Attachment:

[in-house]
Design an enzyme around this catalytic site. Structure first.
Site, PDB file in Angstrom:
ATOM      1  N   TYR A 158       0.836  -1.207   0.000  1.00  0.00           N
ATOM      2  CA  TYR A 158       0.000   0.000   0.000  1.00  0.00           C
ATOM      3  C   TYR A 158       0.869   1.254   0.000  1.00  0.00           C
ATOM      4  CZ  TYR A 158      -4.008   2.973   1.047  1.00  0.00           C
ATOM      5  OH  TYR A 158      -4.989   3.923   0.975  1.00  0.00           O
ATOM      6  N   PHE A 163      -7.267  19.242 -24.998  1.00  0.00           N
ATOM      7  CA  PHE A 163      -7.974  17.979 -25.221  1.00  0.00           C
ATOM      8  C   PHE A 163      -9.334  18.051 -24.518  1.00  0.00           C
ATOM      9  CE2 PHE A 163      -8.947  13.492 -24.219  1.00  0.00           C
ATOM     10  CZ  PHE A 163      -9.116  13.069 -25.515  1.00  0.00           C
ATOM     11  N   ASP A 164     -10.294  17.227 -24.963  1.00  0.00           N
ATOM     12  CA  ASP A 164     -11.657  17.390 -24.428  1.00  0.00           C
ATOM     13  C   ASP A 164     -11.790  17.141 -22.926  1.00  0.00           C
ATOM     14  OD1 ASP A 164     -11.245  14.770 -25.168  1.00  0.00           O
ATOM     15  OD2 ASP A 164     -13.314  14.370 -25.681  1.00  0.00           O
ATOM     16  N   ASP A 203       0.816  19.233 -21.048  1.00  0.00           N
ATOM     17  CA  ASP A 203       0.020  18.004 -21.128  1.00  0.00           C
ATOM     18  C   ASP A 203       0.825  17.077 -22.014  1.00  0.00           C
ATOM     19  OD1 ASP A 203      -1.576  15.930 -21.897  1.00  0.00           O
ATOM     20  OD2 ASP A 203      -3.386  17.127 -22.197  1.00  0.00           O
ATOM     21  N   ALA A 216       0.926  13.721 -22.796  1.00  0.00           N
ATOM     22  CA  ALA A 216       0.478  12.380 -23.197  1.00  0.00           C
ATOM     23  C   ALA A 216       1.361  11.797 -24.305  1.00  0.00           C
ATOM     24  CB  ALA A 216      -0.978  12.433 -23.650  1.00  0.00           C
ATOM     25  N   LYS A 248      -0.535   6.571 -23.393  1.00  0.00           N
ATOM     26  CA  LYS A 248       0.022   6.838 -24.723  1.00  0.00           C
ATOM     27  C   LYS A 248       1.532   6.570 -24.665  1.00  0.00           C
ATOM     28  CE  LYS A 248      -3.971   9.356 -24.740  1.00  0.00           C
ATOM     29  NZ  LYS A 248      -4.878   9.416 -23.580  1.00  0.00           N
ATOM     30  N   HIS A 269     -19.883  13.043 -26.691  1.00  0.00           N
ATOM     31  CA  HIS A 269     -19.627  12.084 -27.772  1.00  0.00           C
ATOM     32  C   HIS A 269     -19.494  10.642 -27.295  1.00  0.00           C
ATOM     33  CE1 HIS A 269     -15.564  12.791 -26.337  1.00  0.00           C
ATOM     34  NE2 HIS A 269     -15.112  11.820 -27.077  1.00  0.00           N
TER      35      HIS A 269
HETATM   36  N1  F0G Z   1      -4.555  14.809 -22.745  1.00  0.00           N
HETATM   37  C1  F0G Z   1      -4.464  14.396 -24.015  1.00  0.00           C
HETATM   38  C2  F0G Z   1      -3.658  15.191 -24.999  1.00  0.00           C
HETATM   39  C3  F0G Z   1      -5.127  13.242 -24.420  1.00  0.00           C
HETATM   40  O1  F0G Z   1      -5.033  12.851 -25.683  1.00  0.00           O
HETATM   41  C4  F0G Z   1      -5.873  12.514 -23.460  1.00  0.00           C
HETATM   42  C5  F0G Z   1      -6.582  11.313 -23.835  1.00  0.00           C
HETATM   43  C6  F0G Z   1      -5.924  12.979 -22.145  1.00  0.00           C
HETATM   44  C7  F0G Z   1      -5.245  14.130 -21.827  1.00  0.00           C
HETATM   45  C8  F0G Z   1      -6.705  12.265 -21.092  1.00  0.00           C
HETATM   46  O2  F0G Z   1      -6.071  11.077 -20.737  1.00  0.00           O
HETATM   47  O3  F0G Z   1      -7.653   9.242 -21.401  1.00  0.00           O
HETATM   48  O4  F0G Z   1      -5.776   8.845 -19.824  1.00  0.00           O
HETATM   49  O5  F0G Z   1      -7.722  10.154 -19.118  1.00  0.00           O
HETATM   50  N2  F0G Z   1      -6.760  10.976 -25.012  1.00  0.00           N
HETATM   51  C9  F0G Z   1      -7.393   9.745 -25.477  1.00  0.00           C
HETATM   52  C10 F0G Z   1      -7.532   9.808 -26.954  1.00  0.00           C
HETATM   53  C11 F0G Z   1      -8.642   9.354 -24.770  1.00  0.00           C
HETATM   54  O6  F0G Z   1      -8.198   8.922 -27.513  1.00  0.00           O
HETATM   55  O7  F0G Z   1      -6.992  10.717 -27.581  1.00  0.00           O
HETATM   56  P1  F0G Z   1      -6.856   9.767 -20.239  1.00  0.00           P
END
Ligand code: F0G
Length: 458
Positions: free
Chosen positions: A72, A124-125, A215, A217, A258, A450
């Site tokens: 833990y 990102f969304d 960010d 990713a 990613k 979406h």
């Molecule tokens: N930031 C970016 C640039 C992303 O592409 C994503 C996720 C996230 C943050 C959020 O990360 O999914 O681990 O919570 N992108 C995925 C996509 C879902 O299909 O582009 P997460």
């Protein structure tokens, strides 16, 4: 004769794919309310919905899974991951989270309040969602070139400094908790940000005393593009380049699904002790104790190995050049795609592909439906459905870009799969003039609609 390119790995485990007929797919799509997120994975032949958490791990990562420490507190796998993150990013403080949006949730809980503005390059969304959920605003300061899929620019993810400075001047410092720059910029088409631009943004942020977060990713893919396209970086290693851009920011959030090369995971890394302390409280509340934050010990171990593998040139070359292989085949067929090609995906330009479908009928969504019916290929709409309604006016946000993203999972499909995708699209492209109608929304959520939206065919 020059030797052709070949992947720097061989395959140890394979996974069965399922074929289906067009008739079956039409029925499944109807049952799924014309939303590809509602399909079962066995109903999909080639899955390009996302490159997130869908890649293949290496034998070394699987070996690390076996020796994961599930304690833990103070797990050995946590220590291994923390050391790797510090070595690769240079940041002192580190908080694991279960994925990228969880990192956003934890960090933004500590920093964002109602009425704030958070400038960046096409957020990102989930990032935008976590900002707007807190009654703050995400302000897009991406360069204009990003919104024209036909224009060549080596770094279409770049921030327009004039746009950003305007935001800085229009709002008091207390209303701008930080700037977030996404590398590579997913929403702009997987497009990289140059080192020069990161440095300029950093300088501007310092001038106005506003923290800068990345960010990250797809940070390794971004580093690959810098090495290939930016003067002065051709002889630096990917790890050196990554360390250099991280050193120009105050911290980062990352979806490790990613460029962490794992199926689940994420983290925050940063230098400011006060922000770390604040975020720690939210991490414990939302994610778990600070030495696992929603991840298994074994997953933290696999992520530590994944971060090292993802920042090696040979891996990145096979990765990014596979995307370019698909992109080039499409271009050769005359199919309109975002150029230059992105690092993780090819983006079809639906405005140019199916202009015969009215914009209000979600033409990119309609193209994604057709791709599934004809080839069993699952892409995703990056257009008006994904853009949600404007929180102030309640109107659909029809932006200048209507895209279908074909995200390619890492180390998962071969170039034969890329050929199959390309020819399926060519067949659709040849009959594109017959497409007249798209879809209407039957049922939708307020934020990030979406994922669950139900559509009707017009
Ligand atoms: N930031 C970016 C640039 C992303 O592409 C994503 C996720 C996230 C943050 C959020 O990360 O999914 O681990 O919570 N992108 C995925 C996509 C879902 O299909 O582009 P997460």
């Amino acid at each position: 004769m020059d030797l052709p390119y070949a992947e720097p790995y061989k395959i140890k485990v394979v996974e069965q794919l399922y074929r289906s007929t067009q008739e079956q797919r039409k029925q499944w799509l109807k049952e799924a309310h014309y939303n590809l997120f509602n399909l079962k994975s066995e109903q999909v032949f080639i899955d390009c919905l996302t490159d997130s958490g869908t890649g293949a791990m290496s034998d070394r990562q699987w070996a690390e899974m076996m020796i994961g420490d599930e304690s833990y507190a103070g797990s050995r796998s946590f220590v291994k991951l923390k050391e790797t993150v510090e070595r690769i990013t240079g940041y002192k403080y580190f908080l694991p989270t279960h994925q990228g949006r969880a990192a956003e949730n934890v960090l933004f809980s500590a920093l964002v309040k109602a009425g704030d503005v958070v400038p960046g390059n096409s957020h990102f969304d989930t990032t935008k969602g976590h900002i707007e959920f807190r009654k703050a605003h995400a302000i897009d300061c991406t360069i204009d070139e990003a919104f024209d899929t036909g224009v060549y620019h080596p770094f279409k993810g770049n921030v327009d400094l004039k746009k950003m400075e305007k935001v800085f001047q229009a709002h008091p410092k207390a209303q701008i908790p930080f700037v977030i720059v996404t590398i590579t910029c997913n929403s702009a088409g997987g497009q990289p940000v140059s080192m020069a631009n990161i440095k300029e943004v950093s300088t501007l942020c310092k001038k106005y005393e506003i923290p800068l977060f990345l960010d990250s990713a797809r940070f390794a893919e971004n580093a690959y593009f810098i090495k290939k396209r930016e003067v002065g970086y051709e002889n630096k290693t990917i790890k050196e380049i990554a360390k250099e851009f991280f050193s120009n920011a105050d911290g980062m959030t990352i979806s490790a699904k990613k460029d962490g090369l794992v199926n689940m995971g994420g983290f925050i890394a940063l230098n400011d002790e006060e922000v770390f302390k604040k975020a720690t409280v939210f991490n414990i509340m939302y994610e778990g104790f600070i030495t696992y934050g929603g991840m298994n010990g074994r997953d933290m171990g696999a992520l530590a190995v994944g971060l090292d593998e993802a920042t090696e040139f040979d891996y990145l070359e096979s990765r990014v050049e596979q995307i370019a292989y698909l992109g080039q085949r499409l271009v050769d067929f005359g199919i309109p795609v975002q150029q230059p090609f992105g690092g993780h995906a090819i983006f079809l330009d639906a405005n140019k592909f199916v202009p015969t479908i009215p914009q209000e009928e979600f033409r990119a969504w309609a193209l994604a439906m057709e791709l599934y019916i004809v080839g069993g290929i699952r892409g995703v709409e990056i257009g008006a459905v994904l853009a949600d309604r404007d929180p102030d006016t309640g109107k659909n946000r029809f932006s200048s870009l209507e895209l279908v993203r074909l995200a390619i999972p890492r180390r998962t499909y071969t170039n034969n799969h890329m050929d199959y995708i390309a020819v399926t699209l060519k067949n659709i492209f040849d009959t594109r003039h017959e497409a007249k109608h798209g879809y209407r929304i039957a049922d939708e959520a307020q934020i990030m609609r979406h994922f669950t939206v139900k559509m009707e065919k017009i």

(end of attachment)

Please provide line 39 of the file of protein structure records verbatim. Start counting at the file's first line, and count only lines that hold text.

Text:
HETATM   36  N1  F0G Z   1      -4.555  14.809 -22.745  1.00  0.00           N